Arrays methods

Joe Bowbeer joe.bowbeer at
Sun Mar 10 17:25:31 PDT 2013

indices(array) could be useful for sparse arrays, if that is in the cards.

I think that Streams.intRange(0, array.length) is a large enough expression
that indices has some utility. And I think the relationship between
indices() and fill() is overstated.

OTOH, I have not yet used indices, so I cannot defend it very strongly.

On Sun, Mar 10, 2013 at 5:07 PM, Brian Goetz <brian.goetz at> wrote:

> Here's a summary of stream-related methods that are currently in
> java.util.Arrays.  All have one-line implementations.
> Object/int/long/double versions of:
>   stream(T[] array)
>   stream(T[] array, int start, int end)
>   parallelStream(T[])
>   parallelStream(T[] array, int start, int end)
>   spliterator(T[] array)
>   spliterator(T[] array, int start, int end)
> Object/all primitive versions of:
>   indices(array)
> The first group seems basically required but the last group seems like we
> can get rid of it.  (It expands to Streams.intRange(0, array.length)).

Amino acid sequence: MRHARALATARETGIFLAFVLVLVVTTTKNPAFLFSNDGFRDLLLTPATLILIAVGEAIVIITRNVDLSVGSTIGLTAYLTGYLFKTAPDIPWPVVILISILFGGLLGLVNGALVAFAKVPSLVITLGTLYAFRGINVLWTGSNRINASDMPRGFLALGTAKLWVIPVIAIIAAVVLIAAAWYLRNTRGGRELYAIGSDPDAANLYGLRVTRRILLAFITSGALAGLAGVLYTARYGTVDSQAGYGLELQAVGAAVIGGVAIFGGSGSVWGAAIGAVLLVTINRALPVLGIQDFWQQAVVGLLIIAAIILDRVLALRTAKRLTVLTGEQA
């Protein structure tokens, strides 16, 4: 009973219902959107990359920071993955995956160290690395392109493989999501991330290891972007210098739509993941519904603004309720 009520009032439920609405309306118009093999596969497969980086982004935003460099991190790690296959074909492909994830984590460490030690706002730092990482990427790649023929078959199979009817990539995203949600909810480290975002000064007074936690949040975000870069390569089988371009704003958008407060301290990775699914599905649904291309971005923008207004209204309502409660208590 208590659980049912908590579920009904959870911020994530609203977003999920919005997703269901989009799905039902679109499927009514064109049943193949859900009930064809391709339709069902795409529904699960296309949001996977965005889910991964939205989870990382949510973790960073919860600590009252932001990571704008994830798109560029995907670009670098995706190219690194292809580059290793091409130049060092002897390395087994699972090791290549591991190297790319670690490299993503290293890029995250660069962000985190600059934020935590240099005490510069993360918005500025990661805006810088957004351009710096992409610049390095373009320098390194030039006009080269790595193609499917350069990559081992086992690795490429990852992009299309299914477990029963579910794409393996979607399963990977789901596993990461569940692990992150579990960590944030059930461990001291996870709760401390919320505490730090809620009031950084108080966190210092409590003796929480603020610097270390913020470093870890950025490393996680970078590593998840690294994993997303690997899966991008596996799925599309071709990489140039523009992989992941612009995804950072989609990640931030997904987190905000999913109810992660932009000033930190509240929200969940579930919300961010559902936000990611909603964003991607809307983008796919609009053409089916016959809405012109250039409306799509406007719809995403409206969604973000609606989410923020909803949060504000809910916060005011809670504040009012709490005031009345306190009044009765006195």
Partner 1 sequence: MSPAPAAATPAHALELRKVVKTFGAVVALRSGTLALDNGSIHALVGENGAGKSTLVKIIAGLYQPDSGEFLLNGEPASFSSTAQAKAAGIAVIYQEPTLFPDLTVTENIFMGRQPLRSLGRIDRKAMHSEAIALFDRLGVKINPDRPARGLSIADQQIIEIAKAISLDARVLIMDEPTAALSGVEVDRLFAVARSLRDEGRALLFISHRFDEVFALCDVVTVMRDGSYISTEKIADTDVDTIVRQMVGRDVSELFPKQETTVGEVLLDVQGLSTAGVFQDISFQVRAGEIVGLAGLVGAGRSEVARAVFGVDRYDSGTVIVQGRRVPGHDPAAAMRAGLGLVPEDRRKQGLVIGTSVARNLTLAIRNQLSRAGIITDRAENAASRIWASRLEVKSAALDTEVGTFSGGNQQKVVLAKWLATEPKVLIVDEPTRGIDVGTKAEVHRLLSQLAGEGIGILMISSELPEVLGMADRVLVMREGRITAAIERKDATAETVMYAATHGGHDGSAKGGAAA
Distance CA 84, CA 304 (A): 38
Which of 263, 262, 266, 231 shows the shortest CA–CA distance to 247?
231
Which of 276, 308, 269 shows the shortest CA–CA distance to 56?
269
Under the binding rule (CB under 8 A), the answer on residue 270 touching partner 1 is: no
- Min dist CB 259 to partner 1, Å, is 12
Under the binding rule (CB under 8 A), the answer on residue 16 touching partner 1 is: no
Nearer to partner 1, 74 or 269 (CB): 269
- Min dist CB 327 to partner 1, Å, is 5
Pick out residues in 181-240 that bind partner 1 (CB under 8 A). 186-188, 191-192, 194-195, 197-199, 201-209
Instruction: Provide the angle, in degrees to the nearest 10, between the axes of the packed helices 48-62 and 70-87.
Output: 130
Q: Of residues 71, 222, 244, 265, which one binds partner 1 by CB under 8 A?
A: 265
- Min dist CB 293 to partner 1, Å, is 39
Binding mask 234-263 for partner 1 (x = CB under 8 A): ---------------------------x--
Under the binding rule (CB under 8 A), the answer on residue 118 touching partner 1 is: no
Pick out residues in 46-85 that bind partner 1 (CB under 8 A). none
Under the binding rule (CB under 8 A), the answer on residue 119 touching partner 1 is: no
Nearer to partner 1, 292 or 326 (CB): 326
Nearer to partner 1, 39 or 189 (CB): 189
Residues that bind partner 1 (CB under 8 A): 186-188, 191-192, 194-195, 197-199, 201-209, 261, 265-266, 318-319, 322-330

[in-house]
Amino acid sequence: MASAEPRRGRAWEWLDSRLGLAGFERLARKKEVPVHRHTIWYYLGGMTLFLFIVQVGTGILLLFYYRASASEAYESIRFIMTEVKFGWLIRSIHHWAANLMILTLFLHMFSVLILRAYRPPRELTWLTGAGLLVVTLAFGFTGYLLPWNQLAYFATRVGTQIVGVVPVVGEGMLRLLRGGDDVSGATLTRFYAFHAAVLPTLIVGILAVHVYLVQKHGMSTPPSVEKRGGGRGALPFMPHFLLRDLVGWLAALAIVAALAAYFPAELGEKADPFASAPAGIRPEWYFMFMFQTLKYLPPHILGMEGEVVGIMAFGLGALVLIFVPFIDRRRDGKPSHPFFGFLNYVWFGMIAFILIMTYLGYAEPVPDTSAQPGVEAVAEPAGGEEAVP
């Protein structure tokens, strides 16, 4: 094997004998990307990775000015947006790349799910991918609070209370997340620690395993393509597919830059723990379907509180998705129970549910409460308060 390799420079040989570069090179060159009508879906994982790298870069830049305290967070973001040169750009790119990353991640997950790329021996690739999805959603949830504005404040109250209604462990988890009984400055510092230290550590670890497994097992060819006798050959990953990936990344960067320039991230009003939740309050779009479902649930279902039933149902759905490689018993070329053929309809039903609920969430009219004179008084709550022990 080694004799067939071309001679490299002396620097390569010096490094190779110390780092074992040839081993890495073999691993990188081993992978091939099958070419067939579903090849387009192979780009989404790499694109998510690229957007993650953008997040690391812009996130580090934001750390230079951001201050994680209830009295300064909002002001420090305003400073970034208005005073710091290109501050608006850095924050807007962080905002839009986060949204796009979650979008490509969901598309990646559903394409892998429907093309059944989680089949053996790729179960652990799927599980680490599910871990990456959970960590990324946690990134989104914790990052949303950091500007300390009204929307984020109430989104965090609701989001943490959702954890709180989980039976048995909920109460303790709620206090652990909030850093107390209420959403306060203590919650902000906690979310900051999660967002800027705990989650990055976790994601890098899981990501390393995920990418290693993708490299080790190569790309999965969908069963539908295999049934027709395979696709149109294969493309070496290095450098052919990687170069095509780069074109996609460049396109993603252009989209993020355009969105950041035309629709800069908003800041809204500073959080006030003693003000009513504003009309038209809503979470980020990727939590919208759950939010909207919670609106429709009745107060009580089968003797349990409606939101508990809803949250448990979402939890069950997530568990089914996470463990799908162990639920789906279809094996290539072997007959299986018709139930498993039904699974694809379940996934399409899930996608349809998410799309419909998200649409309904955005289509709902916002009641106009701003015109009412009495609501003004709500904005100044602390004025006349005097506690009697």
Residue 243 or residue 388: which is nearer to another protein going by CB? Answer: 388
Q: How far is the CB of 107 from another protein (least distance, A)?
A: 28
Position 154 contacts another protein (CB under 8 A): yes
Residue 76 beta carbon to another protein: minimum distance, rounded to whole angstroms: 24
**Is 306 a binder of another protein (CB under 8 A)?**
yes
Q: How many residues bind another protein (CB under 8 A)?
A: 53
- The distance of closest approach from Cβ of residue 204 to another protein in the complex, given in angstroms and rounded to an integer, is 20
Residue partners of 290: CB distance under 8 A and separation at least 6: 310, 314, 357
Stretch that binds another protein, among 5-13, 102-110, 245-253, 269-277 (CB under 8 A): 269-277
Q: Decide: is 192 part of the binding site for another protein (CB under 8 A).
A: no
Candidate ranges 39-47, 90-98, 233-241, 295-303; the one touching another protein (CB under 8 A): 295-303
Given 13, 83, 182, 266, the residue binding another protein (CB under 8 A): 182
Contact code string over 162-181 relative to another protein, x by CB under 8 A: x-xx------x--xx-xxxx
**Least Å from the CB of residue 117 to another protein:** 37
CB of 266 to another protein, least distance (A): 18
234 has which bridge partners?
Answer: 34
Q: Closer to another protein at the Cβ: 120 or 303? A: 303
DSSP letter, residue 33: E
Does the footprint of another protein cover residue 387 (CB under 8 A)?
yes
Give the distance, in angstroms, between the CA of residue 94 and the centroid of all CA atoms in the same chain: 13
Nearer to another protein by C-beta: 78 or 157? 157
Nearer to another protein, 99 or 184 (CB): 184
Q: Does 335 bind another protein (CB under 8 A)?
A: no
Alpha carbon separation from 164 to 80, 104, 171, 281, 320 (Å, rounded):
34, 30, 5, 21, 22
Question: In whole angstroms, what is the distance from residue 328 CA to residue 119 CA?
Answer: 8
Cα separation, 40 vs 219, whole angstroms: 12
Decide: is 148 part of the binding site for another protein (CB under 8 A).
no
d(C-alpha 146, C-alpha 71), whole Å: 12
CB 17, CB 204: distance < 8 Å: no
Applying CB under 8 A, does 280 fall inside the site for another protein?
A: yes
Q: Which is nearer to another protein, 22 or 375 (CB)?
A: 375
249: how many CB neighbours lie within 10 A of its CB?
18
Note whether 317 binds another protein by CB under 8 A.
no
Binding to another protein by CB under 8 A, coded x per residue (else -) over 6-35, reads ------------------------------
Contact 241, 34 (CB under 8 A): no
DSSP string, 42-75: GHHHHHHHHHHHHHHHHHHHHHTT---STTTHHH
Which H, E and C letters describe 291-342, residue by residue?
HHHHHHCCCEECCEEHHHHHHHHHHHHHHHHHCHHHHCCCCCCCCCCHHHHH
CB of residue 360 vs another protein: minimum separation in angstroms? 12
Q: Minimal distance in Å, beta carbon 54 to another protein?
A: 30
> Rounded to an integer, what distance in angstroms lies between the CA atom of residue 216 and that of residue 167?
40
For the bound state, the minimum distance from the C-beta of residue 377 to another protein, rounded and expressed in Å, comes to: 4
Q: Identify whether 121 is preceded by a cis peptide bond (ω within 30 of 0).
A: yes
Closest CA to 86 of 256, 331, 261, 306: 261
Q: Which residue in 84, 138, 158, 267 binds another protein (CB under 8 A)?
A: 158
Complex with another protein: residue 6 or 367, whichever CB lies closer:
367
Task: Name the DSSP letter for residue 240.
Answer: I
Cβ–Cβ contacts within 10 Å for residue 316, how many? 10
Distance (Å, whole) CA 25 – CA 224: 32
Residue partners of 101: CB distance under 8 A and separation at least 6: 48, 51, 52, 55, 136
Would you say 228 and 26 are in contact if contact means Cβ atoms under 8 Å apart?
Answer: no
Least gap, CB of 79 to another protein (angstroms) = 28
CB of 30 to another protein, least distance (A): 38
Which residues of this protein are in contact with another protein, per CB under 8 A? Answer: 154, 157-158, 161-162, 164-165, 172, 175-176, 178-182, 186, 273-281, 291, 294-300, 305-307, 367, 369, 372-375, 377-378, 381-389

> What we're missing are methods for in-place parallel mutation of arrays,
> such as:
>   Arrays.fill(T[] array, int -> T generator)
>   Arrays.fillParallel(T[] array, int -> T generator)
> One can easily simulate these with
>   intRange(0, length).forEach(i -> { array[i] = generator.apply(i); })
> but (a) this is harder to read than the above fill forms and (b) it is
> less obvious how to discover this idiom.  The indices was an attempt to
> make that easier but is not really any better:
>   Arrays.indices(array).forEach(**i -> { array[i] = generator.apply(i); })
> So I think we should ditch the indices() methods but consider adding array
> fill methods.  There'd be at least 9 x 2 (array types x {seq,par}) and
> possibly x 2 more (whole array, subarray).  Though they're all trivial.
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